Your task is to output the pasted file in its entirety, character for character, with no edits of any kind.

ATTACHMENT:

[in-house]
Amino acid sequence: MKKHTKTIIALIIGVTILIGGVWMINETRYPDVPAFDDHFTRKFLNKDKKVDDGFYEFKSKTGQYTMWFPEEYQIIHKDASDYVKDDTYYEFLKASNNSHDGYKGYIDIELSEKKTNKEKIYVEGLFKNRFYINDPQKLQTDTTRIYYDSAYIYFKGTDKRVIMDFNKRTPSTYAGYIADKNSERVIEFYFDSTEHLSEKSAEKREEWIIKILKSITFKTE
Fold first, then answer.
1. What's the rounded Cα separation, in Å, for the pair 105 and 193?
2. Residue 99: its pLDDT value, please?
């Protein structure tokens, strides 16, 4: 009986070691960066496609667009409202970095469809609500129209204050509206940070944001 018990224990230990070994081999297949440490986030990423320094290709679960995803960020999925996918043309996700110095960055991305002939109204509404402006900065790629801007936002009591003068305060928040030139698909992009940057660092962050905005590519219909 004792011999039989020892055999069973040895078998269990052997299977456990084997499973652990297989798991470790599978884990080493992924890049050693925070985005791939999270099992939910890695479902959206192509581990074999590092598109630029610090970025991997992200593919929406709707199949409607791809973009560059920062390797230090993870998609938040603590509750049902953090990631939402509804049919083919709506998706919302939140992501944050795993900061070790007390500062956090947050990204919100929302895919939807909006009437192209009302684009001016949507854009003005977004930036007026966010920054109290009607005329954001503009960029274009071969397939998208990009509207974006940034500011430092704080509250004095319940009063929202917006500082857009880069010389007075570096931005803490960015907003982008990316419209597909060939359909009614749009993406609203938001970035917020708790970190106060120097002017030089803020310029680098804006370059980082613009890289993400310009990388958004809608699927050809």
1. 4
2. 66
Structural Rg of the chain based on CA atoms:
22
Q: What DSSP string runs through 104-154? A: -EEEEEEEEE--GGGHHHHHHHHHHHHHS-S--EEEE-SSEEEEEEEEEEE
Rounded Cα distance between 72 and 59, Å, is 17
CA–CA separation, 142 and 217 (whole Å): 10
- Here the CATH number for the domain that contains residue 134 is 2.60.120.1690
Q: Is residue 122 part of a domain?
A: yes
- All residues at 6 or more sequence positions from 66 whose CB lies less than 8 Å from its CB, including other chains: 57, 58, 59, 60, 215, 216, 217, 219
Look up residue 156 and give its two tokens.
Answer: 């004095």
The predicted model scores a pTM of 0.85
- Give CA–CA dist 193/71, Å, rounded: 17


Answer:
[in-house]
Amino acid sequence: MKKHTKTIIALIIGVTILIGGVWMINETRYPDVPAFDDHFTRKFLNKDKKVDDGFYEFKSKTGQYTMWFPEEYQIIHKDASDYVKDDTYYEFLKASNNSHDGYKGYIDIELSEKKTNKEKIYVEGLFKNRFYINDPQKLQTDTTRIYYDSAYIYFKGTDKRVIMDFNKRTPSTYAGYIADKNSERVIEFYFDSTEHLSEKSAEKREEWIIKILKSITFKTE
Fold first, then answer.
1. What's the rounded Cα separation, in Å, for the pair 105 and 193?
2. Residue 99: its pLDDT value, please?
């Protein structure tokens, strides 16, 4: 009986070691960066496609667009409202970095469809609500129209204050509206940070944001 018990224990230990070994081999297949440490986030990423320094290709679960995803960020999925996918043309996700110095960055991305002939109204509404402006900065790629801007936002009591003068305060928040030139698909992009940057660092962050905005590519219909 004792011999039989020892055999069973040895078998269990052997299977456990084997499973652990297989798991470790599978884990080493992924890049050693925070985005791939999270099992939910890695479902959206192509581990074999590092598109630029610090970025991997992200593919929406709707199949409607791809973009560059920062390797230090993870998609938040603590509750049902953090990631939402509804049919083919709506998706919302939140992501944050795993900061070790007390500062956090947050990204919100929302895919939807909006009437192209009302684009001016949507854009003005977004930036007026966010920054109290009607005329954001503009960029274009071969397939998208990009509207974006940034500011430092704080509250004095319940009063929202917006500082857009880069010389007075570096931005803490960015907003982008990316419209597909060939359909009614749009993406609203938001970035917020708790970190106060120097002017030089803020310029680098804006370059980082613009890289993400310009990388958004809608699927050809």
1. 4
2. 66
Structural Rg of the chain based on CA atoms:
22
Q: What DSSP string runs through 104-154? A: -EEEEEEEEE--GGGHHHHHHHHHHHHHS-S--EEEE-SSEEEEEEEEEEE
Rounded Cα distance between 72 and 59, Å, is 17
CA–CA separation, 142 and 217 (whole Å): 10
- Here the CATH number for the domain that contains residue 134 is 2.60.120.1690
Q: Is residue 122 part of a domain?
A: yes
- All residues at 6 or more sequence positions from 66 whose CB lies less than 8 Å from its CB, including other chains: 57, 58, 59, 60, 215, 216, 217, 219
Look up residue 156 and give its two tokens.
Answer: 């004095």
The predicted model scores a pTM of 0.85
- Give CA–CA dist 193/71, Å, rounded: 17